The same level of transparency goes for container chassis, say port industry experts. Ports that can’t ensure this essential equipment will be on hand will soon fall out of favor with major shippers.

Steve Dowse, senior vice president of product management for the collaborative supply chain platform provider Blume Global, maintains that the current chassis crisis can best be addressed through collaboration. “The end consumer’s need for instant gratification is driving innovation and investment in technology upstream in the supply chain,” he adds. “Ports are investing in visibility, but the same must be done by chassis providers, drayage companies and the shippers themselves.” 

Shippers driving port innovation

Although U.S. ports have adopted automation more slowly than comparable sectors, authors of a new report issued by McKinsey & Company titled “The Future of Automated Ports” say that the pace is now starting to accelerate due to shipper demand.

“Many ports find that exceptions are the greatest single challenge for raising productivity,” says Fox Chu, a partner in McKinsey’s Hong Kong office. “More than 60% of the operators in our survey agree that when ports have large numbers of exceptions, the likely culprit is a mistaken approach to automating manual processes.”

He adds that these ports skip an important step: simplifying processes before automating them. These processes therefore remain cumbersome even after they’re configured by automated systems.

According to McKinsey, leading automated ports have revealed general principles that others might consider.

  • Port operators should start with a blank slate as they think through every process from beginning to end, across functional silos.
  • Set up strong project governance and communication plans and execute with discipline. Automation projects require a wide variety of capabilities in areas such as terminal operations, technical engineering, software engineering and systems integration.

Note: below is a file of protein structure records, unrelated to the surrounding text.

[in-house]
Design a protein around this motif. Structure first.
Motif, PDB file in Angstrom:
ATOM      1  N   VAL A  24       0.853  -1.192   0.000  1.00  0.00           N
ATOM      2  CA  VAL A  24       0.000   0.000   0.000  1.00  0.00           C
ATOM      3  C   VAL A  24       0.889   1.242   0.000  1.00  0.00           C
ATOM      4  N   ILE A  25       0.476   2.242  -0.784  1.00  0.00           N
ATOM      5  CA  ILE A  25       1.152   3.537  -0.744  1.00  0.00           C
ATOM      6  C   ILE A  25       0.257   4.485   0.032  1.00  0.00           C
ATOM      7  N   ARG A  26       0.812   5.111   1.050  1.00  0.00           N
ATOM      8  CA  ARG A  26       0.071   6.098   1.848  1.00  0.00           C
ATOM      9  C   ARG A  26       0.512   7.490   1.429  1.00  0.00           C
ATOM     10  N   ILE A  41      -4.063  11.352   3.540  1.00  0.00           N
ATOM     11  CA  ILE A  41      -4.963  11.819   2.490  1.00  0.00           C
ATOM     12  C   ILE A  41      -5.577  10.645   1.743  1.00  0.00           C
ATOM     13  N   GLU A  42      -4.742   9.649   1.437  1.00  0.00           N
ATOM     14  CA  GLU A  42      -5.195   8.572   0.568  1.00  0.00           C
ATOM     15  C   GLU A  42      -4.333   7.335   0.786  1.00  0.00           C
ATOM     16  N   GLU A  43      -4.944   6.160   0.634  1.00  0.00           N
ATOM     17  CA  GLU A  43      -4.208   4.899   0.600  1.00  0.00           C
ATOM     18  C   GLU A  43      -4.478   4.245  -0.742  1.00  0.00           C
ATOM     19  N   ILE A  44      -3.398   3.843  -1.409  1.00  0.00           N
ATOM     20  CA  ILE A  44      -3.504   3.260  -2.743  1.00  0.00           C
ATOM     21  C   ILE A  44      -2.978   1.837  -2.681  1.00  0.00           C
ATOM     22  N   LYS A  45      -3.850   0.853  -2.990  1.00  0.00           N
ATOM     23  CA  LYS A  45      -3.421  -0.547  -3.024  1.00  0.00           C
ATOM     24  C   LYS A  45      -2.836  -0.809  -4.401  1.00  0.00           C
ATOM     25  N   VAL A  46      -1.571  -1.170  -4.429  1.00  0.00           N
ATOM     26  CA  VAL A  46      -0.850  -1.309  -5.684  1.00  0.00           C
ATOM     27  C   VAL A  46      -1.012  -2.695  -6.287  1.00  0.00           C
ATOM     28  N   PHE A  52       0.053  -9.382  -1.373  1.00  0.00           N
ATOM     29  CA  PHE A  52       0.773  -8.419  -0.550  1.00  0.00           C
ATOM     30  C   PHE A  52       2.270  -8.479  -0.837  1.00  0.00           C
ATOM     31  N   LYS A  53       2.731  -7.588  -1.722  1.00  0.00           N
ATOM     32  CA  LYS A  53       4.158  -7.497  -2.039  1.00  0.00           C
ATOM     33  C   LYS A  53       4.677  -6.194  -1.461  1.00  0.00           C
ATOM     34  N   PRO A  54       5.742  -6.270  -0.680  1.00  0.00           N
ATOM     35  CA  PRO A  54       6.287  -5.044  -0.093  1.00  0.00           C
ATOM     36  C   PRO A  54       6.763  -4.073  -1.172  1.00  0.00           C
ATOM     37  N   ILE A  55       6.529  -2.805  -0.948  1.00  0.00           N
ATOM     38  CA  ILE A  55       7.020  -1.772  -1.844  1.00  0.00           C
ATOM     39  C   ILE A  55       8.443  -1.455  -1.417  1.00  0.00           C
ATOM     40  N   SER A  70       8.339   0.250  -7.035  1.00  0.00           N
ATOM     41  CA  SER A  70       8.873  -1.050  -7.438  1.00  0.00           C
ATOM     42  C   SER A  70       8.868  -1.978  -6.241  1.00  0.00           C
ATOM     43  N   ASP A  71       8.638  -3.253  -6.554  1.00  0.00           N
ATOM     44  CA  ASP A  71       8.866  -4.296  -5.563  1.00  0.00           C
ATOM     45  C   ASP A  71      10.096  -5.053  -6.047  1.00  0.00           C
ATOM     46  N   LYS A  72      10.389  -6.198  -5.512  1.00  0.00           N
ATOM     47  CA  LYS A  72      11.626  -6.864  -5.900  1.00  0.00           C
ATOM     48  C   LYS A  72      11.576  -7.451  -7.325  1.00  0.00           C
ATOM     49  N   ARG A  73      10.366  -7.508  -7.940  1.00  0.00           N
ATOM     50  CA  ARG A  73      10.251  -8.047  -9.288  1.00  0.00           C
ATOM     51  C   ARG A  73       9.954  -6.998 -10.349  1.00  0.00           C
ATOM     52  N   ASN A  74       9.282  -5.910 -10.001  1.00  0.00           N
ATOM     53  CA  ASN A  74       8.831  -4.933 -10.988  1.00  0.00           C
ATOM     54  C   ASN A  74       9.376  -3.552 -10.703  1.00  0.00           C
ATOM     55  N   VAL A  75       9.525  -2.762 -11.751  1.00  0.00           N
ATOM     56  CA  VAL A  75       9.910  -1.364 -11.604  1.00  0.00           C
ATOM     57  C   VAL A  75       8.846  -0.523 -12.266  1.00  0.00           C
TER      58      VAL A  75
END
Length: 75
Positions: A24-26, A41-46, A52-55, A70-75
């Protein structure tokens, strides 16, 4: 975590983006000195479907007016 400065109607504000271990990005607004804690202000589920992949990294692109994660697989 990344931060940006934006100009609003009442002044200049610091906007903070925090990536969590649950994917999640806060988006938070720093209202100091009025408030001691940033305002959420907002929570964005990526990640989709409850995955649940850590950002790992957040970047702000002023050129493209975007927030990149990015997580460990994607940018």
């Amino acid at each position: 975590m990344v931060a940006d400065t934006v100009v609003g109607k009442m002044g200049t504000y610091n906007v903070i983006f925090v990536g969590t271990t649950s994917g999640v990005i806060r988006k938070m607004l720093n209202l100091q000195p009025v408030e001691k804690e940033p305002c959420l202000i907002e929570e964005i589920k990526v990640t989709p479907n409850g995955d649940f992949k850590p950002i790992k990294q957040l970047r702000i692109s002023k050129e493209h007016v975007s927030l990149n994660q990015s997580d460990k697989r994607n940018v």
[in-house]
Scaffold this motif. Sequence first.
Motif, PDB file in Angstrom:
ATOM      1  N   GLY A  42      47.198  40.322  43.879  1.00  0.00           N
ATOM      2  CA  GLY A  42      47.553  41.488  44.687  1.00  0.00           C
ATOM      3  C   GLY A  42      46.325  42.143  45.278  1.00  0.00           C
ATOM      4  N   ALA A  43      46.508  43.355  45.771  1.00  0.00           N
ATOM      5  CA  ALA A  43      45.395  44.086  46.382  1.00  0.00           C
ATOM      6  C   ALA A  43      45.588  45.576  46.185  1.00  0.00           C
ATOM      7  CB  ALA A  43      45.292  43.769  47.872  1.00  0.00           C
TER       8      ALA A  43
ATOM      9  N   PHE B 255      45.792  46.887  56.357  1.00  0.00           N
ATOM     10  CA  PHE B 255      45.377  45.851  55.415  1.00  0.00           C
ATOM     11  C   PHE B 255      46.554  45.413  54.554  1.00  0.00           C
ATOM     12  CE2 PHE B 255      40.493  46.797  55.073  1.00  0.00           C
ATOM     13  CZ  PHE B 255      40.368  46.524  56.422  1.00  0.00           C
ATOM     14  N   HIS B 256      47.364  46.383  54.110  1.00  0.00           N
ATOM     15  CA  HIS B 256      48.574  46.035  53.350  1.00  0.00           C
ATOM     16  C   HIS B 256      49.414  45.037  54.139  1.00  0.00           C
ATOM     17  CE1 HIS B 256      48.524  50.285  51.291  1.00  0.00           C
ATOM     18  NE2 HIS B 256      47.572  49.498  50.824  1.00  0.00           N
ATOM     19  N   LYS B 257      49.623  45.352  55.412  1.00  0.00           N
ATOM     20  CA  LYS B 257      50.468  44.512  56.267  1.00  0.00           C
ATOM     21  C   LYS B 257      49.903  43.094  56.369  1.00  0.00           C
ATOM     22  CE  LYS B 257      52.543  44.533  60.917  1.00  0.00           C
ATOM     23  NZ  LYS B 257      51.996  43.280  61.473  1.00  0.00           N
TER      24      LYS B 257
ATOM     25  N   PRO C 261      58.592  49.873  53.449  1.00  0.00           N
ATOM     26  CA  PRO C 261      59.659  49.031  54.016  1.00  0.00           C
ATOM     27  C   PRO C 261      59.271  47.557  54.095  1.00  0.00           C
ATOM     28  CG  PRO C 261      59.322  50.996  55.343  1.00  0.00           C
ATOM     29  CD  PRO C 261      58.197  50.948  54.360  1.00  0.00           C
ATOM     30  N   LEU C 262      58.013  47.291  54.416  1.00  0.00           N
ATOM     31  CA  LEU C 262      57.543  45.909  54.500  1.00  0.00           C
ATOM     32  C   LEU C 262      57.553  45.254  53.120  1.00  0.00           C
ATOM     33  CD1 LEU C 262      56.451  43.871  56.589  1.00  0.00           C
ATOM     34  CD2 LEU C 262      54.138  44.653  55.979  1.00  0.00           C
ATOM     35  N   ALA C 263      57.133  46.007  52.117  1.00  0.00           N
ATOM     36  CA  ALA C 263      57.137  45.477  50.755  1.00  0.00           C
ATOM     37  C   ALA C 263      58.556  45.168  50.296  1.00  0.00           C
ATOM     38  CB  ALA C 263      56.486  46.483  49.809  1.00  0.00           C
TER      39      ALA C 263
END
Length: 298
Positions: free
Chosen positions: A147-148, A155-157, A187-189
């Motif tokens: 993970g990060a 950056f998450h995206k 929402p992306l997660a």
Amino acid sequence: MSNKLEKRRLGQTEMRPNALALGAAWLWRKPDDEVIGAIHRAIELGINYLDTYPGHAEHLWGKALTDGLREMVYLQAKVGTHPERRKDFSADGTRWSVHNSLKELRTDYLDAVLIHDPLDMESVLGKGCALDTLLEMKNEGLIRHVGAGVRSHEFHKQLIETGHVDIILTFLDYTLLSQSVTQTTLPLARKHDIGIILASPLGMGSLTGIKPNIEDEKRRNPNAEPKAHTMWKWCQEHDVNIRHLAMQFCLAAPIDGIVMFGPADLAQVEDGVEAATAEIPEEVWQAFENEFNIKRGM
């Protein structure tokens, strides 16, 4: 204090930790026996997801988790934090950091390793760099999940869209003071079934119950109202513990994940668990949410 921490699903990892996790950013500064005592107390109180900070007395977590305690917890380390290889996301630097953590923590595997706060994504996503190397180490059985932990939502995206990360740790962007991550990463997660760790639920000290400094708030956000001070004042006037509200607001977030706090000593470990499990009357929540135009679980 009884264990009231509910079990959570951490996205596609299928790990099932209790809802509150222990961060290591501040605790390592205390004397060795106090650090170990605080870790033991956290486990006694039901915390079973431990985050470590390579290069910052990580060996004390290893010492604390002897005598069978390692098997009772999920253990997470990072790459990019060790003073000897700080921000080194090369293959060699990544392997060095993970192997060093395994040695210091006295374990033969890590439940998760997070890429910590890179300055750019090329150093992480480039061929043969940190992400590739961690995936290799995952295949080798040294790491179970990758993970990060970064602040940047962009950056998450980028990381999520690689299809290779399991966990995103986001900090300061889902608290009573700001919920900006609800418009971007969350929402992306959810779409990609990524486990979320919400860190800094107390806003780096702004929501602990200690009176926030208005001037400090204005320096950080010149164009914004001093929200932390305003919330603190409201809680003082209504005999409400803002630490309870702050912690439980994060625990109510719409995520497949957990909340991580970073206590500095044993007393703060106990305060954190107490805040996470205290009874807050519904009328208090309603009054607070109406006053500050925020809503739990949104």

• Port concessions have timelines, so realizing the benefits of automation at a reasonable pace is important.
  • Build and continually refresh your technology ecosystem.
  • Incorporate external data into the automation system.

“One key benefit of automation is consistent, predictable performance,” says Chu. “In a perfect world, machines would execute nothing except instructions. But operational variables beyond terminals—for instance, the arrival of trucks, feeders and ships—are also important elements of performance.”

McKinsey analysts maintain that ultimately, these investments may well drive ocean cargo gateways from being merely asset operators to comprehensive “service orchestrators.”


Article Topics
Fitch Ratings   Ocean Cargo   Ports   RFID   All topics


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About the Author
Patrick Burnson, Executive Editor
Patrick Burnson is executive editor for Logistics Management and Supply Chain Management Review magazines and web sites. Patrick is a widely-published writer and editor who has spent most of his career covering international trade, global logistics, and supply chain management. He lives and works in San Francisco, providing readers with a Pacific Rim perspective on industry trends and forecasts. You can reach him directly at [email protected]